Appendicitis: Symptoms, Causes, Treatment & Complications

Appendicitis is an inflammation of a part of the intestine known as the appendix. This organ is found in the bottom right quadrant of the abdomen. The classic sign of appendicitis is a strong, sharp pain in this area that can be accompanied by a loss of appetite, nausea, vomiting and fever.

Normally, this inflammation occurs due to an accumulation of stool or bacteria inside the appendix, and therefore it can occur at any moment in life. However, the exact causes are still not completely well known.

To treat this condition, the appendix should be surgically removed as soon as possible. If left untreated, the appendix can rupture, which can lead to a systemic infection. Therefore, if you suspect appendicitis, you should proceed immediately to the hospital for testing and diagnosis. 

Main symptoms 

If you think you may have appendicitis, report your symptoms below to assess your risk:

  1. 1. Abdominal pain or discomfort
  2. 2. Severe pain in the lower right side of the belly
  3. 3. Nausea or vomiting
  4. 4. Loss of appetite
  5. 5. Persistent low-grade fever (37.5º to 38ºC or 99.5º to 100.4ºF)
  6. 6. General malaise
  7. 7. Constipation or diarrhea
  8. 8. Bloating or excess gas

These symptoms are most frequently occurring in children and adolescents, although appendicitis can occur at any age. 

In addition, when pain is dull and lasts for more than a month, it is considered to be chronic appendicitis. This condition is more common in adults over 40 and comes on gradually. This pain can be relieved with analgesics or anti-inflammatories, but it usually comes back. Learn more about what appendicitis feels like by checking-out the most common symptoms. 

How it is diagnosed 

Appendicitis is diagnosed in a clinical setting through palpation of the abdomen and assessment of the presenting symptoms 

Tests available to diagnose appendicitis 

Many times, the doctor may order testing to confirm a diagnosis, especially when the symptoms are not typical.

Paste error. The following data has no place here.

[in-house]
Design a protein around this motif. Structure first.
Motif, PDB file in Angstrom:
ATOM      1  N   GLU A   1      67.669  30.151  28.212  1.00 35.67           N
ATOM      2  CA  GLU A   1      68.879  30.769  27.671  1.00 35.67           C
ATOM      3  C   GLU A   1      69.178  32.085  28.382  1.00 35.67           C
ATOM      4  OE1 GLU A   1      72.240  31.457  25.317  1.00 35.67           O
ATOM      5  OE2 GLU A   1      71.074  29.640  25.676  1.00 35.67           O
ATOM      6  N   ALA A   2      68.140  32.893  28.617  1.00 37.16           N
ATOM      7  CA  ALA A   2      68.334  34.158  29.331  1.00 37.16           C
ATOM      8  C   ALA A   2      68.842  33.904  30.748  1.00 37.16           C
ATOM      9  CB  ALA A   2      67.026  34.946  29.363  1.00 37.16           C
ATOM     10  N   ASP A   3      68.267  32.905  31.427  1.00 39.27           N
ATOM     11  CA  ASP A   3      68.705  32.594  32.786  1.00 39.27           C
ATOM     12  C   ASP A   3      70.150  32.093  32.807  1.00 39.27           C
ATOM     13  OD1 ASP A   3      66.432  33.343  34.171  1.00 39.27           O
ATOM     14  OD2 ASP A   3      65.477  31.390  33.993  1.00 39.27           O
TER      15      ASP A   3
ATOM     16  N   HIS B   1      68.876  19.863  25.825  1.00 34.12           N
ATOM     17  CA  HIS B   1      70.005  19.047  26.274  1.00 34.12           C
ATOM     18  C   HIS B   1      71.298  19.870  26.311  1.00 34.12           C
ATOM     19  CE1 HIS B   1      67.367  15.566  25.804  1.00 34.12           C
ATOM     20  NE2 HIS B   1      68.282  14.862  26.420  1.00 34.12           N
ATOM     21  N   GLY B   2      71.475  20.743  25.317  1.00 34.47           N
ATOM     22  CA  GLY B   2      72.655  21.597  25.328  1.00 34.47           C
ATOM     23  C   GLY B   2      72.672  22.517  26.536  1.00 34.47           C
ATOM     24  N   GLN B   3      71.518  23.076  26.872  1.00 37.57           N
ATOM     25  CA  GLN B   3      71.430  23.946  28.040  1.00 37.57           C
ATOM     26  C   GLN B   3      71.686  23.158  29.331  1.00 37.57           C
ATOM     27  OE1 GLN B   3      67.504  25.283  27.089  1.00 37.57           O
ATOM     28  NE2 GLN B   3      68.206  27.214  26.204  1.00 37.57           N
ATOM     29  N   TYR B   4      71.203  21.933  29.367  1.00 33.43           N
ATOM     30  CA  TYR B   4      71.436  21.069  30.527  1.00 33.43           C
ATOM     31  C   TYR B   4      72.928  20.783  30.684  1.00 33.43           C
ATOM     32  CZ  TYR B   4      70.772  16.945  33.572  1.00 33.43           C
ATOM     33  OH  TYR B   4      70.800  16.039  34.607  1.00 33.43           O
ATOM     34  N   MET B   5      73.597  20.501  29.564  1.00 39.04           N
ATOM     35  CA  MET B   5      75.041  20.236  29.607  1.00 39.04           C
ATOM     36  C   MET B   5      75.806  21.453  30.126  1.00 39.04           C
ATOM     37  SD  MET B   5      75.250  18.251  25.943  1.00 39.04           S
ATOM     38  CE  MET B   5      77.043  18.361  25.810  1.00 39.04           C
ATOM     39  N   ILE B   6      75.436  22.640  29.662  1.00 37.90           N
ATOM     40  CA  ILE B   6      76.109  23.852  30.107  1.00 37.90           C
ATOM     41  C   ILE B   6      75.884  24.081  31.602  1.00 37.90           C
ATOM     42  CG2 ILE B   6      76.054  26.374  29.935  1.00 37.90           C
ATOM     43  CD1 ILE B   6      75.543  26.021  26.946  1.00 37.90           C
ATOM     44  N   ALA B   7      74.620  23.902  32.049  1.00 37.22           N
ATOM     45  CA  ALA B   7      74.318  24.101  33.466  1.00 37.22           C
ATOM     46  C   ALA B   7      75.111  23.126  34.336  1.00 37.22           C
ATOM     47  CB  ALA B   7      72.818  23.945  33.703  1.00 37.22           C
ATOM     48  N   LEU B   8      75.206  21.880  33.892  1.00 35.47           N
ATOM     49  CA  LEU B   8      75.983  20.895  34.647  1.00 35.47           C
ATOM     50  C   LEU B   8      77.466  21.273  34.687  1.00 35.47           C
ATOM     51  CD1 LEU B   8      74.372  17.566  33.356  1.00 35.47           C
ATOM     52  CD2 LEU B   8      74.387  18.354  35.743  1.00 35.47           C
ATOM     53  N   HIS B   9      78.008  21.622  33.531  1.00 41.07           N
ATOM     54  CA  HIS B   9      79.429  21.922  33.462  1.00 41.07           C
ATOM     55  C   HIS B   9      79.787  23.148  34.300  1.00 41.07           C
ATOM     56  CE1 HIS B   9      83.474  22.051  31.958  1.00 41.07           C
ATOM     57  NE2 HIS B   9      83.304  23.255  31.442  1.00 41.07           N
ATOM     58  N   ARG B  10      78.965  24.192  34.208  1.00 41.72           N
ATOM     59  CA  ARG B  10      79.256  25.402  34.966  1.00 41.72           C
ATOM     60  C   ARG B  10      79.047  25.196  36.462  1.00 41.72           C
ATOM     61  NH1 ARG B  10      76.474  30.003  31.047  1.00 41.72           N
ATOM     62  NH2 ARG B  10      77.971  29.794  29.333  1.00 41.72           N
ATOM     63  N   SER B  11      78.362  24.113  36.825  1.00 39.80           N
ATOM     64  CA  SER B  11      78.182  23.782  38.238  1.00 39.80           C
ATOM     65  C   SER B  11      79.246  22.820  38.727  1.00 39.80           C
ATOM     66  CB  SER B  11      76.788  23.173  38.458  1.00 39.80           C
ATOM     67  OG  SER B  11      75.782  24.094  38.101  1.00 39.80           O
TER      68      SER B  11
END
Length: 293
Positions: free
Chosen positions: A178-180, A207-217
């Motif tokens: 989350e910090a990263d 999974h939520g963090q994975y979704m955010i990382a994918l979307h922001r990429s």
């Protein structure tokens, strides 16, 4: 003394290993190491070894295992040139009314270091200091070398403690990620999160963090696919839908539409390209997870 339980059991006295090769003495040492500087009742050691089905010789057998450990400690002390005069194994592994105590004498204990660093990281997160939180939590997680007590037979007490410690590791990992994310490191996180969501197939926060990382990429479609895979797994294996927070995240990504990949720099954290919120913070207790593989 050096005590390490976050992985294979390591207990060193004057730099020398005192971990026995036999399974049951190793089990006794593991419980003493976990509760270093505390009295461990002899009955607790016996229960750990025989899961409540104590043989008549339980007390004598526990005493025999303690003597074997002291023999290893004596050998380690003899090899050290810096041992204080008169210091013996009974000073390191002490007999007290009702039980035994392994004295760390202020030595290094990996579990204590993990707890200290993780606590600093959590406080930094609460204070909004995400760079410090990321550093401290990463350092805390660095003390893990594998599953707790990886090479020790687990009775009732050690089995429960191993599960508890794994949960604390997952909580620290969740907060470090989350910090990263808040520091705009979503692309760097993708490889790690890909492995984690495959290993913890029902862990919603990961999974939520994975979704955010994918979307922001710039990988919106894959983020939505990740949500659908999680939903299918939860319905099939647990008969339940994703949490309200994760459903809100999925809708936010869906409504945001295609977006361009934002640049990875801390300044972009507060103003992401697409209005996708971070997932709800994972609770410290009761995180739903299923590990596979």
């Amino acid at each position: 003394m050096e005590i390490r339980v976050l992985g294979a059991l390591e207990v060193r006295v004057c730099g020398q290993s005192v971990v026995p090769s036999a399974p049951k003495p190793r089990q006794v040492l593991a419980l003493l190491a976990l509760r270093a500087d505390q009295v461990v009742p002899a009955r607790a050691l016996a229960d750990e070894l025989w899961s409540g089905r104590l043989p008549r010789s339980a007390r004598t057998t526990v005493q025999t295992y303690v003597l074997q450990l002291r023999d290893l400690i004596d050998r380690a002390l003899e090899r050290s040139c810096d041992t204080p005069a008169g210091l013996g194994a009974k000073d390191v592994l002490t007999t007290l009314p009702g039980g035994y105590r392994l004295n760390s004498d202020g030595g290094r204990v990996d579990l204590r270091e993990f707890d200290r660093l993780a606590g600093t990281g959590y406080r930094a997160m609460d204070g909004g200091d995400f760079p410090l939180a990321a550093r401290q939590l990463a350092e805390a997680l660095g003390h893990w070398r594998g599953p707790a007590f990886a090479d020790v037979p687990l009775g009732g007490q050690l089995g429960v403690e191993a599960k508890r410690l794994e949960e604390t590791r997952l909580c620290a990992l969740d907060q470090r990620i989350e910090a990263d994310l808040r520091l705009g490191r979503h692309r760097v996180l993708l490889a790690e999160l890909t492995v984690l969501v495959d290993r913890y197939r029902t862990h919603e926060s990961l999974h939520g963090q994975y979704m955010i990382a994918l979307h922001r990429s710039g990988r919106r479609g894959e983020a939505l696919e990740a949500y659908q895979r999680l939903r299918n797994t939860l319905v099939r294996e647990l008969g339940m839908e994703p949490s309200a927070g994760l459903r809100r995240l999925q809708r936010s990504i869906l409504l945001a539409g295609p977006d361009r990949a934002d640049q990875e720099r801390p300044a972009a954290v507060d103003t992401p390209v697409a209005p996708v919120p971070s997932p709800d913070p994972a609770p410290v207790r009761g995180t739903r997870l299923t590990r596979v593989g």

• Blood work: This allows for assessment of white blood cell count, which detects the presence of inflammation in the body 
  • Urine test: This is ordered to rule out a urinary tract infection, as some symptoms can be similar
  • Abdominal ultrasound or CT scan: This allows visualization of the appendix to assess for dilation and inflammation

The best way to confirm if the appendix is present to assess for rebound pain. This is done by lying on your back and pressing down on the lower right quadrant of the abdomen and letting go quickly. If the pain is more intense after letting go, the chance of appendicitis is high. Therefore, it is important to proceed to the hospital and start appropriate treatment. 

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Possible causes 

In most cases of appendicitis, a specific cause is not easily identified. Obstructions in this area of the intestine from backed-up stool or bacteria, seem to be the most common causes.

It is believed that obstruction in the appendix can occur due to relatively common occurrences, like local trauma or a parasitic infection, however it can also happen with more serious conditions, like intestinal tumors, for example. 

How it is treated 

Surgical removal of the appendix is the most frequently used way to treat appendicitis. This surgery is known as an appendectomy and consists of removal of the appendix through a small cut in the stomach. Usually, people are admitted for a day or two following surgery to ensure that intestinal function returns to normal post-operatively. The doctor will also monitor for any post-op complications, like bleeding or infection.

Even in cases where a diagnosis is not 100% certain, surgery may still be recommended, as there may be a risk for appendicitis is present and rupture is possible. 

Possible complications 

When appendicitis is not adequately treated, it can rupture and cause 2 main complications: 

  • Peritonitis: This is a bacterial infection of the abdominal lining, which can cause organ damage. Some symptoms of peritonitis include general malaise, fever, abdominal swelling and shortness of breath.
  • Abdominal abscess: This occurs when the appendix ruptures and pus starts to accumulate in the area, which can start to form in sacs. 

Both situations are serious and can be life-threatening, which is why treatment for appendicitis should be quick. Many times, treatment involves surgery and IV antibiotics to treat any bacterial infections. 

In addition, if an abscess is noted, the doctor should aspirate it with a needle inserted into the abdomen to remove the pus before operating.